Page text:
National Museums Scotland
National Museums Scotland

NATIONAL MUSEUMS SCOTLAND

Of course, correlation does not imply causation, and there are many holes to be poked in the Burke and Hare theory. For one thing, all the wooden bodies were dressed in men’s clothing, but the pair’s victims were mostly women. Furthermore, the eyes of the figures are open, not closed like a corpse. Some have even speculated that Burke himself made the coffins, as their woodworking and tin decorations suggest the hand of a shoemaker—Burke’s profession when he was not suffocating Hare’s guests.

Eight of the coffins have been on display almost continuously at Edinburgh’s National Museum of Scotland since 1901. (As to what became of the nine other coffins, the Scotsman wrote in their initial report that “a number were destroyed by the boys pelting them at each other as unmeaning and contemptible trifles.”)

David S. Forsyth, the principal curator of Renaissance and early modern history at National Museums Scotland, says the coffins still draw comments from museum-goers. “It’s the mystery behind them that makes them so compellingly intriguing, no one can solely own their story,” he tells Mental Floss. “They can be linked to the more intangible aspects of our culture and history, or to real episodes such as Burke and Hare.”

In December 2014, there was a curious twist in the case. A box was delivered to the museum with no return address. Inside was a detailed replica of the coffins found in 1836, down to the metal details on the lid and the roughly carved face of its figure. A note included with the object cryptically began “XVIII?,” suggesting this was an 18th addition to the group, and quoted Robert Louis Stevenson’s short story “The Body Snatcher” (1884), itself inspired by Burke and Hare.

The handwritten text declared the miniature coffin a “gift” to the National Museum of Scotland, “for caring for our nation’s treasures.” Especially the eight that cannot be explained.

An archaeological dig in Scotland reveals the medieval building

An archaeological dig in Scotland reveals the medieval building

Archaeologists working in the Scottish town of Dunfermline have uncovered the remains of a medieval building.  Dig Dunfermline was a community project that included an archaeological team and 83 volunteers who spent several weeks examining an area where a museum and art gallery will be built next spring.

Thomas Rees of Rathmell Archaeology who started the six-week dig in late August described the top discoveries as follows

A Building

The test dig discovered a building in the southeast corner of the car park just to the north of the Abbey graveyard.

This year’s full dig revealed only three courses of the foundations of the structure and there was very little in the way of dating evidence.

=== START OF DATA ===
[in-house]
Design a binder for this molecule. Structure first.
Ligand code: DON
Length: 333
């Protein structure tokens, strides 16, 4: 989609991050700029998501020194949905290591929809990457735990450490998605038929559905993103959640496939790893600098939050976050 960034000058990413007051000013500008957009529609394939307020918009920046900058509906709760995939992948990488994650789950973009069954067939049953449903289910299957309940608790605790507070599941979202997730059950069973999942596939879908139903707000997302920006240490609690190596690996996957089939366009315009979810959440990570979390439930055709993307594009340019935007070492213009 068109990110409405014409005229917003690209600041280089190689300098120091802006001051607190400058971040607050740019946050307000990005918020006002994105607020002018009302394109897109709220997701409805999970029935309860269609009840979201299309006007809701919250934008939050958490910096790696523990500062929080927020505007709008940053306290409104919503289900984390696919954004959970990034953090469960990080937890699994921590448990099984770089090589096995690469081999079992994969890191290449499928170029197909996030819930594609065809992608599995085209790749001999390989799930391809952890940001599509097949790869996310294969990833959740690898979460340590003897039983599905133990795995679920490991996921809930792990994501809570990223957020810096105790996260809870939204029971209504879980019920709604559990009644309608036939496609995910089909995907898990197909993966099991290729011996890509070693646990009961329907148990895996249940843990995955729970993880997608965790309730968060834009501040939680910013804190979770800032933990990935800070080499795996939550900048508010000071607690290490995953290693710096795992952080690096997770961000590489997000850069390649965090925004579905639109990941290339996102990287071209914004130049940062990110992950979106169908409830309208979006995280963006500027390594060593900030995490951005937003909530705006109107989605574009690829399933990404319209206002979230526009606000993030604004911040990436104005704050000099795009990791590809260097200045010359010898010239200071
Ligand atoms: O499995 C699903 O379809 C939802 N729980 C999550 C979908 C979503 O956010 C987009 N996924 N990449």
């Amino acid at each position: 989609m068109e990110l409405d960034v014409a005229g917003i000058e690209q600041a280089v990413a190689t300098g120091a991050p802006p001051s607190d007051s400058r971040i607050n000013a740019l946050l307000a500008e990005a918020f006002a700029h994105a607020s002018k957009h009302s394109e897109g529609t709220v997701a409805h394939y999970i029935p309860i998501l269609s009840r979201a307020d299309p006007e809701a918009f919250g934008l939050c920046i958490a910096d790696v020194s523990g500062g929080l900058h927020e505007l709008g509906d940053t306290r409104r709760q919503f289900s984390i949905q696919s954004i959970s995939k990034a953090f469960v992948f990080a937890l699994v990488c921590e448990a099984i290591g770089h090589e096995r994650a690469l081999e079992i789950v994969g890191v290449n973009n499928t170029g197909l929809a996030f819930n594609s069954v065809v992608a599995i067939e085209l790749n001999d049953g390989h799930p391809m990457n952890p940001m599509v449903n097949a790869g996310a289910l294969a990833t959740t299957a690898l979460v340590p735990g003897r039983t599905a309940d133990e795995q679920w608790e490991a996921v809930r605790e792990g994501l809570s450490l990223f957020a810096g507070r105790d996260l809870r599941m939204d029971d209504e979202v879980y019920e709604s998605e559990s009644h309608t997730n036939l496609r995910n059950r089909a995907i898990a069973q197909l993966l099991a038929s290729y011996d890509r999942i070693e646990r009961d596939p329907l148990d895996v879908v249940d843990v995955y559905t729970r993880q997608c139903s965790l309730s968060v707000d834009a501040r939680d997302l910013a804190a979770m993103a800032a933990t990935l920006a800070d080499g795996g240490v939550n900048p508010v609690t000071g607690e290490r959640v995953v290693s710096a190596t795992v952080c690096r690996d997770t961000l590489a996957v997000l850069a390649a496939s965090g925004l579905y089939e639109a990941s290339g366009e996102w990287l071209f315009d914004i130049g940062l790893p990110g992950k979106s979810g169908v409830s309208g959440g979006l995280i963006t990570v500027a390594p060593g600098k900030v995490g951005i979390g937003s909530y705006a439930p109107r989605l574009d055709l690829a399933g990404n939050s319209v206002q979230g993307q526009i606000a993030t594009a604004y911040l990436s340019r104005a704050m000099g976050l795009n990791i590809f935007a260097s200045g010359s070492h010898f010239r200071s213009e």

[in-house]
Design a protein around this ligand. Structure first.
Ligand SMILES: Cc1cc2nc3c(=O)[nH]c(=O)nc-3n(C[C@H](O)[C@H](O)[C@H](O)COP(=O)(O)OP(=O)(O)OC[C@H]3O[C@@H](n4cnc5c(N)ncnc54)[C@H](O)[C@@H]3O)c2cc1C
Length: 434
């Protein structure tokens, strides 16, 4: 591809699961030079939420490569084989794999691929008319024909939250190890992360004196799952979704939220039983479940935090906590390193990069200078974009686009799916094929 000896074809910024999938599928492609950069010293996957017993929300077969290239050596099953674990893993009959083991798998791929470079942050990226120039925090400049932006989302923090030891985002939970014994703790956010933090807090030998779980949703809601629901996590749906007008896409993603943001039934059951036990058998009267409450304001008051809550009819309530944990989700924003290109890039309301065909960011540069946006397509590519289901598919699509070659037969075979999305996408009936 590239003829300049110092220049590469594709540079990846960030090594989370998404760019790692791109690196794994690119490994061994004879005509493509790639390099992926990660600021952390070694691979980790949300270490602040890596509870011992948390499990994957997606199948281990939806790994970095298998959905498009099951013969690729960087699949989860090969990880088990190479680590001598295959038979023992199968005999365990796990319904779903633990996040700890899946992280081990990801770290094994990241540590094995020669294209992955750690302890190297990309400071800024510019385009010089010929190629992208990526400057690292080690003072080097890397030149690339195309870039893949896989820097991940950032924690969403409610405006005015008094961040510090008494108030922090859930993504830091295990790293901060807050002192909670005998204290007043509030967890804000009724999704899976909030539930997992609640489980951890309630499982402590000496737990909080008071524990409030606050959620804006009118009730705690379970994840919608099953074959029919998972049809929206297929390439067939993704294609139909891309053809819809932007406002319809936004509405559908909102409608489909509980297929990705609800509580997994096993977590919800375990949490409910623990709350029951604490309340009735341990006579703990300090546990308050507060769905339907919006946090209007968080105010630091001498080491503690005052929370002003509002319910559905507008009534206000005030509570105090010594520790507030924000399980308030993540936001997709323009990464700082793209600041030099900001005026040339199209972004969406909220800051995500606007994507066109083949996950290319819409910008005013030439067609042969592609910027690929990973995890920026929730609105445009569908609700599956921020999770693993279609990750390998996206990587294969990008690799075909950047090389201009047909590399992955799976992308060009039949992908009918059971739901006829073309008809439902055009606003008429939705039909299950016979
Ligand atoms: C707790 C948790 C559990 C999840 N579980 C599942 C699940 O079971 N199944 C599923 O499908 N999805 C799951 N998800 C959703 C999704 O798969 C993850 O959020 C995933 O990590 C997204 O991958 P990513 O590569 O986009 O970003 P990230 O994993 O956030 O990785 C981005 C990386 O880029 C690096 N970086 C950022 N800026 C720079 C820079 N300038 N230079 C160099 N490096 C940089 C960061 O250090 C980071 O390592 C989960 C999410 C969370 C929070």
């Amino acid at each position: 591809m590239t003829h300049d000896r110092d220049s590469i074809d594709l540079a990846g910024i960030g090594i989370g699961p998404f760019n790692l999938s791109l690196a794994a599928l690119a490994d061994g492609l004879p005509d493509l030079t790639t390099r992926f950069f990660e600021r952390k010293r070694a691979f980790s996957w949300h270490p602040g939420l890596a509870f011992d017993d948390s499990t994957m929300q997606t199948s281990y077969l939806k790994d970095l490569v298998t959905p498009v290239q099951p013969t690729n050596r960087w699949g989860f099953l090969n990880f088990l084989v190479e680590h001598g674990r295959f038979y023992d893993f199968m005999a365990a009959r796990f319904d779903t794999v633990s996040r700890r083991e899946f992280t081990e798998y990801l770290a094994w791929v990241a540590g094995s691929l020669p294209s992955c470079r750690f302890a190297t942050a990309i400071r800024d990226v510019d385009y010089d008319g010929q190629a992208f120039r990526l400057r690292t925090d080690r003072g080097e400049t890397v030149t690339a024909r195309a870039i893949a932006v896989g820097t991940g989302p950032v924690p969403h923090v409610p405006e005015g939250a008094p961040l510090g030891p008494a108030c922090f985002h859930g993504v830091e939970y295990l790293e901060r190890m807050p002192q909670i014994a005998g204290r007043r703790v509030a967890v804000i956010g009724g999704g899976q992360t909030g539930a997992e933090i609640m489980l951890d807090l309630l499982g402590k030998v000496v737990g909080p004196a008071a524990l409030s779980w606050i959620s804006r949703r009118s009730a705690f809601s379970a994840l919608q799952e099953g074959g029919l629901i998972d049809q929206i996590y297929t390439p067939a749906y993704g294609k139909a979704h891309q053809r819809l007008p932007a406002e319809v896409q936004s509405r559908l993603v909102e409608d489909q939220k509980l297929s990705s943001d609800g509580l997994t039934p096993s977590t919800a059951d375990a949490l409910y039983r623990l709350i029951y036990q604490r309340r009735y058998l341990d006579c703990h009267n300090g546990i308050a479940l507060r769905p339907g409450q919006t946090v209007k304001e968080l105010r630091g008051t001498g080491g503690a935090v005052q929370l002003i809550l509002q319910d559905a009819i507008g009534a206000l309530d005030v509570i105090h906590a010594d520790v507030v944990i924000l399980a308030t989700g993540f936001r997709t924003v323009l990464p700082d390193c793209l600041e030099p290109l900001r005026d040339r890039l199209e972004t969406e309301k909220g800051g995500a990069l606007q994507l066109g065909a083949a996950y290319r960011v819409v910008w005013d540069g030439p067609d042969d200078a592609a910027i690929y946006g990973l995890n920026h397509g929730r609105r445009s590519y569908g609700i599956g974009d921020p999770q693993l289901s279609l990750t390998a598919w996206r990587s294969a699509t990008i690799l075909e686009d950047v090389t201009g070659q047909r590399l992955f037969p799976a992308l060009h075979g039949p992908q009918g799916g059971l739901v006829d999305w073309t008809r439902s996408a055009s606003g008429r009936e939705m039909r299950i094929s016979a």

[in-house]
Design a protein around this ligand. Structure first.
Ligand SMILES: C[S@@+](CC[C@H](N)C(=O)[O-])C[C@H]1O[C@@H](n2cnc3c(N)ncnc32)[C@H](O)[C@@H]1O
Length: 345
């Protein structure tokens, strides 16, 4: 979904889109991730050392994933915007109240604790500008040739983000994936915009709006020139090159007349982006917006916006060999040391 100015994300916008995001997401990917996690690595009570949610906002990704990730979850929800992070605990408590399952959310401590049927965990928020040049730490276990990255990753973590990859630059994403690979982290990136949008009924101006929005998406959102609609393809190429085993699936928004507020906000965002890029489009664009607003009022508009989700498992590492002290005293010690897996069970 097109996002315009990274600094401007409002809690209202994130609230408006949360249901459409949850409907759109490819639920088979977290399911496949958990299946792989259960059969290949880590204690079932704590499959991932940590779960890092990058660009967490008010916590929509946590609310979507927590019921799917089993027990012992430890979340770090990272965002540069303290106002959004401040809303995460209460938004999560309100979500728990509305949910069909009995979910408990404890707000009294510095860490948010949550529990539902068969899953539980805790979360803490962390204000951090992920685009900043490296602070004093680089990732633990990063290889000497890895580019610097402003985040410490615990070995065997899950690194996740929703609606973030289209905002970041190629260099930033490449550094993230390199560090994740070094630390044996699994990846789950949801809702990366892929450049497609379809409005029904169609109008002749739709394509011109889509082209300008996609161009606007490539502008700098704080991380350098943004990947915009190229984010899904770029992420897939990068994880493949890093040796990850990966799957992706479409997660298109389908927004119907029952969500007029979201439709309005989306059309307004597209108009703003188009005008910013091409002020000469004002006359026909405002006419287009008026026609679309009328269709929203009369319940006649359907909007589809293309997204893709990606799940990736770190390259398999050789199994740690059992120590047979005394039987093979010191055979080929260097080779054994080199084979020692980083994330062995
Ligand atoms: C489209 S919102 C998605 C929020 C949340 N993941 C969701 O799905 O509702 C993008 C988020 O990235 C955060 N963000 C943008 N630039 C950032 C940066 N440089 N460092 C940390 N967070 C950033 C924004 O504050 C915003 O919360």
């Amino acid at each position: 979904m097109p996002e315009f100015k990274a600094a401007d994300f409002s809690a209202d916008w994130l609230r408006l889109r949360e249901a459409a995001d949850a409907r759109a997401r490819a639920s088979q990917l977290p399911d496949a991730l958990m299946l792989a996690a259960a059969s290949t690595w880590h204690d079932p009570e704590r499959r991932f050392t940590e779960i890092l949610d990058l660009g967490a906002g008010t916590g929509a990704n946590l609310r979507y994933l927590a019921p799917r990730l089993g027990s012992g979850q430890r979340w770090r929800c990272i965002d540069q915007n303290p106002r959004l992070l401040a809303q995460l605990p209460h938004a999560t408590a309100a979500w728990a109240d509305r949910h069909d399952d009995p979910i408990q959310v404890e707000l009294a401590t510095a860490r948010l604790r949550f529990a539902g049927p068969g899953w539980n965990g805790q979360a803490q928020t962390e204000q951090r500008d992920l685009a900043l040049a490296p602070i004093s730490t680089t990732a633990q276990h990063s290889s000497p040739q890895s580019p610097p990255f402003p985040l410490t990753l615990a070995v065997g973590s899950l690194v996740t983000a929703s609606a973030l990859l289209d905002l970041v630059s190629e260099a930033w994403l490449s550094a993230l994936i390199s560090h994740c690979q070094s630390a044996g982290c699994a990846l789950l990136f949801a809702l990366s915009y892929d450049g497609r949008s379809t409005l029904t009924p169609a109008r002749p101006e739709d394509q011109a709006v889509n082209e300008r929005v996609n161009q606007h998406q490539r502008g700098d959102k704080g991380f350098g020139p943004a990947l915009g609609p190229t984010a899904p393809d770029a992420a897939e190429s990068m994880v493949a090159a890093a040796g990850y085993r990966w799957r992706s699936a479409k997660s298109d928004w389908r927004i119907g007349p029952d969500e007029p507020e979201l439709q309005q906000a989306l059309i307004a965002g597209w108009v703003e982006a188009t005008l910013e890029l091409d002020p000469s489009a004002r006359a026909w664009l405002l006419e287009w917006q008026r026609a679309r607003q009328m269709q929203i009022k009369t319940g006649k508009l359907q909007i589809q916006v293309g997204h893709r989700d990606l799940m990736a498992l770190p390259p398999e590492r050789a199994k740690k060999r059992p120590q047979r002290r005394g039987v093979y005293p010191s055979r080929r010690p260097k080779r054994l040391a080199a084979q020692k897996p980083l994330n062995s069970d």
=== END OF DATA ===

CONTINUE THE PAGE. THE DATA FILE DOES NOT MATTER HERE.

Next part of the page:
However, archaeologists are confident that it is the remains of a medieval building – we’re just unsure what it was used for.

There will be more investigation in the block-paved car park area before the construction work on the new museum starts.

A Stove Tile

Perhaps one of the smallest finds from the site was a small fragment of pottery that has been identified as a stove tile that would have formed part of a smokeless stove.

North German in style this tile is probably from the 16th century and is a rare example of a prestigious, high quality and desirable household device.

Not only does this show the wealth of some of the homes in Dunfermline, but also the trading links across the North Sea into Germany and the Baltic States.

Leather Fragments

The remarkable discovery of fragments of preserved leather will provide great information as to how the early monastic community lived.

Discovered at the very base of the excavation within waterlogged sediment this material will allow for accurate dating of this earliest midden deposit and has changed the understanding of this area.

Such a boggy midden suggests a damper and more unpleasant environment to the east of the Abbey than was previously thought, showing the Abbey to have been sited on a rise when approached from the east.

Councillor Helen Law, Chair of the City of Dunfermline Area Committee said, “I think these are excellent and exciting discoveries that show what can be revealed when we excavate within an important burgh.

The dig was a real community effort that created a lot of interest in what was going on and I’m thrilled that so many local people have already been involved in helping make the new museum and art gallery a reality.”

Douglas Speirs, Archaeologist for Fife Council added, “It was so encouraging to see the project team commit sufficient resources to undertake such a thorough archaeological excavation.

Combining planning requirements with the public’s enormous appetite for local heritage has surpassed expectations and resulted in real, immediate and tangible benefits for the whole community.

“Due almost entirely to the hard work of the scores of volunteers we have shed more light on Dunfermline’s medieval past than any previous excavation.

The project is contributing a great deal to the history, identity and future economic potential of Dunfermline as a premier cultural destination and this dig is already being hailed as an exemplary approach in community archaeology!”

Along with the people who participated, another 500 people visited during the dig to find out about the project and nearly 100 children took part in specially organized events for young people.

Viking Chess piece bought for less than $10 sells for over $1.3M

Viking Chess piece bought for less than $10 sells for over $1.3M

A 900-year-old Viking chess piece purchased for $6 in the 1960s recently sold at auction for $1.3 million.